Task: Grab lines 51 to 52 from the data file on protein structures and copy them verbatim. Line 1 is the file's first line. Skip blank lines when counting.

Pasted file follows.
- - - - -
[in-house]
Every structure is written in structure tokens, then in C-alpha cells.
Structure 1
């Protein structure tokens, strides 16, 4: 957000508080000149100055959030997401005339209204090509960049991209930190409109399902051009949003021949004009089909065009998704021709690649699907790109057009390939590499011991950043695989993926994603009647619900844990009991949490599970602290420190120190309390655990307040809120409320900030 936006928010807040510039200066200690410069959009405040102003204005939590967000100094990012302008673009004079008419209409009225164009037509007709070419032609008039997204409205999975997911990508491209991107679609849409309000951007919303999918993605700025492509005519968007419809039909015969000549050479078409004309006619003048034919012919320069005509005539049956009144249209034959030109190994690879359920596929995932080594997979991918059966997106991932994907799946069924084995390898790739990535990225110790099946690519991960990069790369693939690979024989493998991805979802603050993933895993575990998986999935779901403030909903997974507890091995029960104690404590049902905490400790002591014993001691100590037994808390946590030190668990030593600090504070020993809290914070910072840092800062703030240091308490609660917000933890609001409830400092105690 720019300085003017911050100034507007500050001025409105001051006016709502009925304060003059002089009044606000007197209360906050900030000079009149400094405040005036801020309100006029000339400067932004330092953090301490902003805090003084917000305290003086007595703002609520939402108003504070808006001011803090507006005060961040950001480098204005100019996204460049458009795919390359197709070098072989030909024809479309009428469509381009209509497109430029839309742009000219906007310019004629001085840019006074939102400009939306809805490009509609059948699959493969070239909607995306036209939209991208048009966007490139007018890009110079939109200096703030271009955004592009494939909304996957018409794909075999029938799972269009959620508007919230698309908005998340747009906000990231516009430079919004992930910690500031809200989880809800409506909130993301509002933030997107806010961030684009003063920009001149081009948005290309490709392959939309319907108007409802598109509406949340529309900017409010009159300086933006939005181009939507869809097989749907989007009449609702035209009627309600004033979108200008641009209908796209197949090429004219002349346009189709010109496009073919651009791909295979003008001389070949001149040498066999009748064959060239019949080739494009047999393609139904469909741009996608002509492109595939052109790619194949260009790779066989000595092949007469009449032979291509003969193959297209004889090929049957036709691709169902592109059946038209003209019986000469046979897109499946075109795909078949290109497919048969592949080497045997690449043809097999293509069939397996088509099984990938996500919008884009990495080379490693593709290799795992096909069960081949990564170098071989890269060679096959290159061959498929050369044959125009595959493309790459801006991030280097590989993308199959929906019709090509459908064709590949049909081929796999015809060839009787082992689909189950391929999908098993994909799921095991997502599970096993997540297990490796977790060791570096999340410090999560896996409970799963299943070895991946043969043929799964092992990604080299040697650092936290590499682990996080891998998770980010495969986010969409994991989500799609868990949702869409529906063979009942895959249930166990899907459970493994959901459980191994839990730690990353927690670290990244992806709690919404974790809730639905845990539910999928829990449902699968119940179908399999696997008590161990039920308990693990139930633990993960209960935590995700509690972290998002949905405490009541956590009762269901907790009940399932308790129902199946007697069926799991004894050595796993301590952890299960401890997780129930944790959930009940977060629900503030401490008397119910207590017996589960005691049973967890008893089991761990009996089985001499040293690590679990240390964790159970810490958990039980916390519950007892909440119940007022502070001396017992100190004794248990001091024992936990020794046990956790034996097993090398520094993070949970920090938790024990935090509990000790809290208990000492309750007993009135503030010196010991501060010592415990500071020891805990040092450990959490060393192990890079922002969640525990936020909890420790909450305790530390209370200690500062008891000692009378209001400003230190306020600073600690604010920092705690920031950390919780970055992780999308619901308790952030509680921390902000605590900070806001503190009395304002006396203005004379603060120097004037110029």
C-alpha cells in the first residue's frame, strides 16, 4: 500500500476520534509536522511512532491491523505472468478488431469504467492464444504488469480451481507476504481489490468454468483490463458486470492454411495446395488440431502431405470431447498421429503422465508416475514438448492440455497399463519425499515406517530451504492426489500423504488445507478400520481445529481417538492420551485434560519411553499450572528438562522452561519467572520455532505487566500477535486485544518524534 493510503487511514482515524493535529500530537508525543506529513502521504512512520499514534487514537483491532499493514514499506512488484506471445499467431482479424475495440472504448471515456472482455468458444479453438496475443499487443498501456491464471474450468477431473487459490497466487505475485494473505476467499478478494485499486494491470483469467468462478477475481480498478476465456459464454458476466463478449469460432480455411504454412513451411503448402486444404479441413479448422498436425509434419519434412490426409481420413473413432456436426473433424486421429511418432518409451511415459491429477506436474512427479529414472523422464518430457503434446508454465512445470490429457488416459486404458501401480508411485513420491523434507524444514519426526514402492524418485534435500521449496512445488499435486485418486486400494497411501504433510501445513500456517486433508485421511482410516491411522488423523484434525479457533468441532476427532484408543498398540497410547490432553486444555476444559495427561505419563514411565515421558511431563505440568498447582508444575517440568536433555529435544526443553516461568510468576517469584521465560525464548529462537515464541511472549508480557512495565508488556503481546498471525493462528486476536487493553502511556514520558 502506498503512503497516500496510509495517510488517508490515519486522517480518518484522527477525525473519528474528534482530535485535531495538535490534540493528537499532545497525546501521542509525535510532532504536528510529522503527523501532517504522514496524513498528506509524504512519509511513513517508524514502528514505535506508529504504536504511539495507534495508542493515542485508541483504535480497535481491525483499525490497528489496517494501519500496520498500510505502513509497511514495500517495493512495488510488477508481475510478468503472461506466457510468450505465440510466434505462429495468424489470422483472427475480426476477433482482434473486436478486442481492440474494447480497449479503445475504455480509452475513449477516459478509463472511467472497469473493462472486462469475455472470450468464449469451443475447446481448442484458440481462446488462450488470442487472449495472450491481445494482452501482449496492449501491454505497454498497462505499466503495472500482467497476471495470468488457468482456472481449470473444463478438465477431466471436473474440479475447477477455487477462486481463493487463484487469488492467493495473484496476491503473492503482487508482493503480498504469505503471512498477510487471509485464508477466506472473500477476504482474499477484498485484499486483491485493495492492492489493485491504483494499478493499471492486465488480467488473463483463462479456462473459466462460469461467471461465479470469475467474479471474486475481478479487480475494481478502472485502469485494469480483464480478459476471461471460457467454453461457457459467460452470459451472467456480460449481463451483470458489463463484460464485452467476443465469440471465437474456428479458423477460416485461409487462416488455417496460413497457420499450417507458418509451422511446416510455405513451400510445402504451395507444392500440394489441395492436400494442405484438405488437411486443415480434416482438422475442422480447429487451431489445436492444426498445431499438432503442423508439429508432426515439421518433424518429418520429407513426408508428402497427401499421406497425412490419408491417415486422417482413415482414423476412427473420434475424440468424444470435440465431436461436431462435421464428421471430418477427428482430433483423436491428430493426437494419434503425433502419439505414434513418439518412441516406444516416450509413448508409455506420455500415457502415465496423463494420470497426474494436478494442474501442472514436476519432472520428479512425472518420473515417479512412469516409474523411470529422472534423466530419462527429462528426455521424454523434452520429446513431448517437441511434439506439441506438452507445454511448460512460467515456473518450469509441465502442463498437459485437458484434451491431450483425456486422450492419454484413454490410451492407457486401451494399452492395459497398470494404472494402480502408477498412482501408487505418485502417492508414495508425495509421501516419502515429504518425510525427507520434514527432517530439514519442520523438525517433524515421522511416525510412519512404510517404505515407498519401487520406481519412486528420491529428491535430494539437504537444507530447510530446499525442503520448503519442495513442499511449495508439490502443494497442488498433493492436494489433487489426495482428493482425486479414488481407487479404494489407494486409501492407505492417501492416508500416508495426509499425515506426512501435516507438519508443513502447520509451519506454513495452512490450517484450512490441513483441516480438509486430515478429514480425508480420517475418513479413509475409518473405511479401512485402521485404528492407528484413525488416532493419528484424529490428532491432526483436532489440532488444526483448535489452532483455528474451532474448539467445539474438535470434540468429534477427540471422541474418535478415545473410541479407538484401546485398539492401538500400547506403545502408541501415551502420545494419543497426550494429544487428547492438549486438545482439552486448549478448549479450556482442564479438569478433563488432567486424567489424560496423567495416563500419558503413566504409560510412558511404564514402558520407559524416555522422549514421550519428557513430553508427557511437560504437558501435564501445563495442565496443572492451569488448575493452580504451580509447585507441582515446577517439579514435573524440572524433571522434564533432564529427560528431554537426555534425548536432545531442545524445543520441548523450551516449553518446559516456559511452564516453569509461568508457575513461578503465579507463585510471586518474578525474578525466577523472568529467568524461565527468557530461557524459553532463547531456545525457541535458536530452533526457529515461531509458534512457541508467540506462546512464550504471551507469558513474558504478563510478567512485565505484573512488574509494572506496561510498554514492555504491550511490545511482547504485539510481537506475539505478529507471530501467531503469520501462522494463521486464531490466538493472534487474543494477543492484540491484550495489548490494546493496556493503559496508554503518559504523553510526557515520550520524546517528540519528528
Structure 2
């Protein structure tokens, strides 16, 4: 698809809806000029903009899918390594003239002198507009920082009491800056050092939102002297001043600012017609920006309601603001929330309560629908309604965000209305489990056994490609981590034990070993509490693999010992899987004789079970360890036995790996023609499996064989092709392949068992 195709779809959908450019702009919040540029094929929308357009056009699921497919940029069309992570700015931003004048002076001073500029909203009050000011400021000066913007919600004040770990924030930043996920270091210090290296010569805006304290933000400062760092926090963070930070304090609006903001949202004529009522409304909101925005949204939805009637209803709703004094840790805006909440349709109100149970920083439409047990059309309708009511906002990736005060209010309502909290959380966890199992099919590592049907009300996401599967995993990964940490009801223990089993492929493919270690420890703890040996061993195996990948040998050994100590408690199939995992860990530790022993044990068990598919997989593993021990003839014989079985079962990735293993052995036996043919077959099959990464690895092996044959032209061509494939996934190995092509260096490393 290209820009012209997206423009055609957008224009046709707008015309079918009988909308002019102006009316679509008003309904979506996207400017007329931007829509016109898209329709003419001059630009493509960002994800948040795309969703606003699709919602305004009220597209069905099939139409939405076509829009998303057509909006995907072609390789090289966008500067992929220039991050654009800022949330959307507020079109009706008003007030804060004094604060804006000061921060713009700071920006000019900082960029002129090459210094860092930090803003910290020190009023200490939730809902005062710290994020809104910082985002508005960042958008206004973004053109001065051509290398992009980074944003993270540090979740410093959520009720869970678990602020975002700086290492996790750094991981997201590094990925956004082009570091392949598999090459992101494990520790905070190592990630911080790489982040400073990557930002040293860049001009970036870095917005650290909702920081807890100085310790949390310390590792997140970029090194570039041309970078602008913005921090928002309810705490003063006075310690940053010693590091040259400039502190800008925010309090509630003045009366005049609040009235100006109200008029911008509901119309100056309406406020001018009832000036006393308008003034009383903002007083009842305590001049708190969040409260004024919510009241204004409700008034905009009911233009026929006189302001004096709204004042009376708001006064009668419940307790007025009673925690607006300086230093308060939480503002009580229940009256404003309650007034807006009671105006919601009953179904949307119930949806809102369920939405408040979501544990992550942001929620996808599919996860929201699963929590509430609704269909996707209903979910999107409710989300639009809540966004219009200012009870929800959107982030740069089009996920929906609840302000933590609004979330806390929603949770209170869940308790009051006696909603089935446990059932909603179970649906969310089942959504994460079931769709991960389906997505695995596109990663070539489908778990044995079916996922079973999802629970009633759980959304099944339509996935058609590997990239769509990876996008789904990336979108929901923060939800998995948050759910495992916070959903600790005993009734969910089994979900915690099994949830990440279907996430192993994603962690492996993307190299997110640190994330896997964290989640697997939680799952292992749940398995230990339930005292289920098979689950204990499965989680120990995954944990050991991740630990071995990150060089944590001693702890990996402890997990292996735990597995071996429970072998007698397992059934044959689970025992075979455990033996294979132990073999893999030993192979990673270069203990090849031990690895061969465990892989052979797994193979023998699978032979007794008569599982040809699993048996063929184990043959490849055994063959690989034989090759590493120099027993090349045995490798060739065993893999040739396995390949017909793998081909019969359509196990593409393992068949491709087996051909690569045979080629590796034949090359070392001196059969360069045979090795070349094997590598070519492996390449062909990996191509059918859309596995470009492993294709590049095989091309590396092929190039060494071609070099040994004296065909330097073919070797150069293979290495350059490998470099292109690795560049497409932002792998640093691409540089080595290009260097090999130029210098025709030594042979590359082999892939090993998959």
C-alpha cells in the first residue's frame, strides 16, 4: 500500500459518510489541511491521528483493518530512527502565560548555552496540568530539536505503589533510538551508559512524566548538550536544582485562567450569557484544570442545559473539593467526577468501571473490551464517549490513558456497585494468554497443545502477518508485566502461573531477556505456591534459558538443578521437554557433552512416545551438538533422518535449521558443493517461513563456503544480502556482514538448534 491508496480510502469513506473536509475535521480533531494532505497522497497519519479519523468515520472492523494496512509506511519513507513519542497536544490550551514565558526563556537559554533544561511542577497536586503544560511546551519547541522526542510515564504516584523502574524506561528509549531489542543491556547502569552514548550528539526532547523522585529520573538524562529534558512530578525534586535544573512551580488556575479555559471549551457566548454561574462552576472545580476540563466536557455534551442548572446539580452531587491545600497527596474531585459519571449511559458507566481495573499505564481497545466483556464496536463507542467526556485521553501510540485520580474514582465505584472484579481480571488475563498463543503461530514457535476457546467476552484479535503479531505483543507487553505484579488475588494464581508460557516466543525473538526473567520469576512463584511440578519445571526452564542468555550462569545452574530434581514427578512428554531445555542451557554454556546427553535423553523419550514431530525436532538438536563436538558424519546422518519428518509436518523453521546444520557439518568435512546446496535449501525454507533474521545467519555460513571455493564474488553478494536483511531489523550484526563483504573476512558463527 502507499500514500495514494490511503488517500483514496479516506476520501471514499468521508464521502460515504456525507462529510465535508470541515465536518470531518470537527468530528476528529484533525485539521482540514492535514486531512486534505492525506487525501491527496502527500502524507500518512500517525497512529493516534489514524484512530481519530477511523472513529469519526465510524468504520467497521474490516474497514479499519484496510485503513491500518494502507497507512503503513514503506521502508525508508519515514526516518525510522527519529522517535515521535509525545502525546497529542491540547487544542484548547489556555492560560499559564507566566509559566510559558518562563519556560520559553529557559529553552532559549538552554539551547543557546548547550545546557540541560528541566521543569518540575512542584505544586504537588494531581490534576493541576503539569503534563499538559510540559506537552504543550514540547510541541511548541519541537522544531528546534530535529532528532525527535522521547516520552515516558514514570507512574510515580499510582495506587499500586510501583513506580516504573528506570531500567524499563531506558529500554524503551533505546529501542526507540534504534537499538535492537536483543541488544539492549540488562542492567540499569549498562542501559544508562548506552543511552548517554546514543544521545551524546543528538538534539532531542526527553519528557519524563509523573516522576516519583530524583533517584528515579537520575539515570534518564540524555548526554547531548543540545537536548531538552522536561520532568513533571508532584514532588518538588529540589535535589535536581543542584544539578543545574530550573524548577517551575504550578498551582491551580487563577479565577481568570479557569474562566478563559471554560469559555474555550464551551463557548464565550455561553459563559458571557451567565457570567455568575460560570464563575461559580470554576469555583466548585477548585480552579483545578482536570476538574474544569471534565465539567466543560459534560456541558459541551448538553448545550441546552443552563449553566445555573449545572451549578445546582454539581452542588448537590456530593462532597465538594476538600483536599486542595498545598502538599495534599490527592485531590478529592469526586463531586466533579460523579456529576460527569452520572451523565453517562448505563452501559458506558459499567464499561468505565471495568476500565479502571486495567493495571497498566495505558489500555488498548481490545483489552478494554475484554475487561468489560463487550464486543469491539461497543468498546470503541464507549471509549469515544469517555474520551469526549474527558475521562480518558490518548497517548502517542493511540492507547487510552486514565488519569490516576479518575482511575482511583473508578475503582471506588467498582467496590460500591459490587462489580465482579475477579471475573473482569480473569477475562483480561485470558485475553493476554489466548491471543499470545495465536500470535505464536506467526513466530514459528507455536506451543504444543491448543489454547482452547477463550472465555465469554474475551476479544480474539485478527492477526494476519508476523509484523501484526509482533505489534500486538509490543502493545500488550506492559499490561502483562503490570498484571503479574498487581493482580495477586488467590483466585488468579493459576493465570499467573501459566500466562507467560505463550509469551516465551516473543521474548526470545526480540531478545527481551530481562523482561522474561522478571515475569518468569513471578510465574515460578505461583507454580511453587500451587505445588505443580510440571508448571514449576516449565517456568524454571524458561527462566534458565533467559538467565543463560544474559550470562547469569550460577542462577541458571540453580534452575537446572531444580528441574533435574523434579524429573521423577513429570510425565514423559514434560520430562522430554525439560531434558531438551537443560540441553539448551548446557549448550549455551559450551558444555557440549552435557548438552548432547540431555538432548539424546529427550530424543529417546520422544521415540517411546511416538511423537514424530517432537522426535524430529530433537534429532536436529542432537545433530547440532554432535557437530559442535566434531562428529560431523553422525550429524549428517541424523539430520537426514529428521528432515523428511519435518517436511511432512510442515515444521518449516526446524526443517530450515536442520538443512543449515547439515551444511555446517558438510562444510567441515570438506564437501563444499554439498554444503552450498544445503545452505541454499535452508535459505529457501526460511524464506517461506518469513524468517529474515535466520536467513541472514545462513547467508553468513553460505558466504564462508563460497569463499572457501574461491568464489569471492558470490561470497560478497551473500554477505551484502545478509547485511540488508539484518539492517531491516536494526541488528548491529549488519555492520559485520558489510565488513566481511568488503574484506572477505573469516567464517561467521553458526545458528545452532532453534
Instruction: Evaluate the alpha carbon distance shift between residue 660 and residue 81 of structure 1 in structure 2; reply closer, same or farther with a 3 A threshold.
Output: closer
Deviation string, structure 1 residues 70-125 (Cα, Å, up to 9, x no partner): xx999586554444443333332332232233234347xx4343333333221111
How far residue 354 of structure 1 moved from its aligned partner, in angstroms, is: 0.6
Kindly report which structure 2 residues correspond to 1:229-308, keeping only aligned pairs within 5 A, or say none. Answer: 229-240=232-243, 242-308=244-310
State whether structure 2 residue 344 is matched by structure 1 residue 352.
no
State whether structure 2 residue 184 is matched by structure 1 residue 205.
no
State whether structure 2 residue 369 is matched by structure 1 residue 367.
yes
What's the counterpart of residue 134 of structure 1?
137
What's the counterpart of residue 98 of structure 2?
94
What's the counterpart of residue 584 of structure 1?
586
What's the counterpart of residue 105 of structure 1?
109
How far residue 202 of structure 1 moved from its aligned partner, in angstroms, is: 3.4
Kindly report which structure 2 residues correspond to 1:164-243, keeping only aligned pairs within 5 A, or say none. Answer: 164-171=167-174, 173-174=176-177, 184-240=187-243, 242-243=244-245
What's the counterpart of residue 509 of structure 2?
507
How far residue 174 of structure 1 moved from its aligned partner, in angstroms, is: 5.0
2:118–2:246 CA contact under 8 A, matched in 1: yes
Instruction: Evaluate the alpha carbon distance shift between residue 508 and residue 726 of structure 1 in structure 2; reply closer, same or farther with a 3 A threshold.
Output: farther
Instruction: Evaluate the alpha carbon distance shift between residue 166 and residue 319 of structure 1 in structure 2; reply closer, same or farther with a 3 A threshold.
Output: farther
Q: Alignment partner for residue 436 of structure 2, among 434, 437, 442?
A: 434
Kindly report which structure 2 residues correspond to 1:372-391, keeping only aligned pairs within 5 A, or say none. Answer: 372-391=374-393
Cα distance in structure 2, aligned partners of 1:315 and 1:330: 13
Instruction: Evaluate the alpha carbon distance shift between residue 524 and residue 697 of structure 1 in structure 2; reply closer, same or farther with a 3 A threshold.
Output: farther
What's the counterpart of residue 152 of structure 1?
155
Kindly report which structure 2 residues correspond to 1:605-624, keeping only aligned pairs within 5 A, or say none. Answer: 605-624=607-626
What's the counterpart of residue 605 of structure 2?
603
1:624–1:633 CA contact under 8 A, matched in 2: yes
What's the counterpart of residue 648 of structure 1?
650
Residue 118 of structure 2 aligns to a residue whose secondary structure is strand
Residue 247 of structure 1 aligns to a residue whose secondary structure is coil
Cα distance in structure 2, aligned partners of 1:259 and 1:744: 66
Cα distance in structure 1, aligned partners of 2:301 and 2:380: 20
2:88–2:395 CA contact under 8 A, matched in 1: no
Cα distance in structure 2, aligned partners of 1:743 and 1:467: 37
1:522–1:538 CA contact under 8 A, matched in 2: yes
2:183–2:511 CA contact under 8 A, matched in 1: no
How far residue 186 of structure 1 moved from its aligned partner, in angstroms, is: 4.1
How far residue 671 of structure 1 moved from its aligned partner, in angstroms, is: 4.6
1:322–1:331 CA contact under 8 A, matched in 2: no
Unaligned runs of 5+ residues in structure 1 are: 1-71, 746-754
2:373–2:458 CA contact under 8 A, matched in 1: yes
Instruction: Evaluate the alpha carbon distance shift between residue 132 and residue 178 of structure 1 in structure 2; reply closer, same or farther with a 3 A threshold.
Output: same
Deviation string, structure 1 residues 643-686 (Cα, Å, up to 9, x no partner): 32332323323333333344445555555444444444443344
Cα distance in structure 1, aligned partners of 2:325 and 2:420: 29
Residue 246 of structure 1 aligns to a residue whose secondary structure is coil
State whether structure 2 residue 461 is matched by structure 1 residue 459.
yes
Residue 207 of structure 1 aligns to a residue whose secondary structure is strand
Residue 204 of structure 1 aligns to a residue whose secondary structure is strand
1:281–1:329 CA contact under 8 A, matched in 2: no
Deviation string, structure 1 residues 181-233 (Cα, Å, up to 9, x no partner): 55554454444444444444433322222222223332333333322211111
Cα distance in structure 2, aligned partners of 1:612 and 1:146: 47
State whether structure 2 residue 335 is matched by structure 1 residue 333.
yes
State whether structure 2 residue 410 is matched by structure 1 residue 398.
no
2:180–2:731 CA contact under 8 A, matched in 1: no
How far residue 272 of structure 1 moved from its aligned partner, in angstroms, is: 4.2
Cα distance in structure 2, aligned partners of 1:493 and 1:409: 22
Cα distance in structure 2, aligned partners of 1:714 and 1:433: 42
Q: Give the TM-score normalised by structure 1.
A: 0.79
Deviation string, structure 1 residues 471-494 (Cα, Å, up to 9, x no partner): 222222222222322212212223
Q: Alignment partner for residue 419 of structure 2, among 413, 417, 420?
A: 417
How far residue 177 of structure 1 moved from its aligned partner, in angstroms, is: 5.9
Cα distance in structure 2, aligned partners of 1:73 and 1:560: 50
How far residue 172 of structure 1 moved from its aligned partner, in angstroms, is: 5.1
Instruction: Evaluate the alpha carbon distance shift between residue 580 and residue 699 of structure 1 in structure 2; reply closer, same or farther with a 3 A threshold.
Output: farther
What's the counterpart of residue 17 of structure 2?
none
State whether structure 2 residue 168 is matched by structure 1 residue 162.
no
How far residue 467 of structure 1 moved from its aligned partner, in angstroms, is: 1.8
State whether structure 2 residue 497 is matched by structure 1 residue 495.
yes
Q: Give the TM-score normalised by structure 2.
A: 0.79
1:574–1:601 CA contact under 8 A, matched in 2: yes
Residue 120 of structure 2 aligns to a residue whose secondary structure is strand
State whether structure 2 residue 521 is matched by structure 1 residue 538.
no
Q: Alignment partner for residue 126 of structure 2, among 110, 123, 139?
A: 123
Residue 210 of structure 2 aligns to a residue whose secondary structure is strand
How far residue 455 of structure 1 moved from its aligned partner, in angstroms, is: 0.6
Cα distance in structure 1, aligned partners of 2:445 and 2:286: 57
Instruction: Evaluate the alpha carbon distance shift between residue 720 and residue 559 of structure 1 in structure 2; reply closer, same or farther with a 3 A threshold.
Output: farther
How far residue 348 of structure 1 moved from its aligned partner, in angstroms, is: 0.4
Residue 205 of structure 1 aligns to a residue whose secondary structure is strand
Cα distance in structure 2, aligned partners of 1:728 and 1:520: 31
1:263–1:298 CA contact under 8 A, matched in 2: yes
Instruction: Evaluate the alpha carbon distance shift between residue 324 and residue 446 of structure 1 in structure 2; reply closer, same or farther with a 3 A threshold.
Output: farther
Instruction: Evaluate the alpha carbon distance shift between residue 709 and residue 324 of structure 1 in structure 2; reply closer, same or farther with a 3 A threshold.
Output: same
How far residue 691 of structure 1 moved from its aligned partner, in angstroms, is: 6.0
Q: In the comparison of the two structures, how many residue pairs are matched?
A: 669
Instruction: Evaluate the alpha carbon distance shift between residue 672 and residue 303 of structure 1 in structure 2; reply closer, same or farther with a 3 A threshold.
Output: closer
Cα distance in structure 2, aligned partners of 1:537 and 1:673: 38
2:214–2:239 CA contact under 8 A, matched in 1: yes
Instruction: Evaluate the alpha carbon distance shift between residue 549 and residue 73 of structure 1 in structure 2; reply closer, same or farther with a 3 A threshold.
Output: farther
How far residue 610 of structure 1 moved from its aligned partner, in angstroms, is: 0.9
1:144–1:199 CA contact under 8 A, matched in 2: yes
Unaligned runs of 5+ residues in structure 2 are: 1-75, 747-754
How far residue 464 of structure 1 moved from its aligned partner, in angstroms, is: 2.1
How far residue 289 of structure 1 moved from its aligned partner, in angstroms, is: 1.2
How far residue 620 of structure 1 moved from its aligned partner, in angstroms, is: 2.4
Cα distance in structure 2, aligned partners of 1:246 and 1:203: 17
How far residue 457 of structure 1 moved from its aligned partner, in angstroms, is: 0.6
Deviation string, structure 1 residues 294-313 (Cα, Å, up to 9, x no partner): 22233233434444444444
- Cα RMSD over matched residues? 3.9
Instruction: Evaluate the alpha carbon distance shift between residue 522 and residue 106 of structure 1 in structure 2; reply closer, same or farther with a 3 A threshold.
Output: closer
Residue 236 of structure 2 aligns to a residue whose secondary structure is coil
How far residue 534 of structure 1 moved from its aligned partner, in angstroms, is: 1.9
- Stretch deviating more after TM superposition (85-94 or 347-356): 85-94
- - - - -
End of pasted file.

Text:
650
Residue 118 of structure 2 aligns to a residue whose secondary structure is strand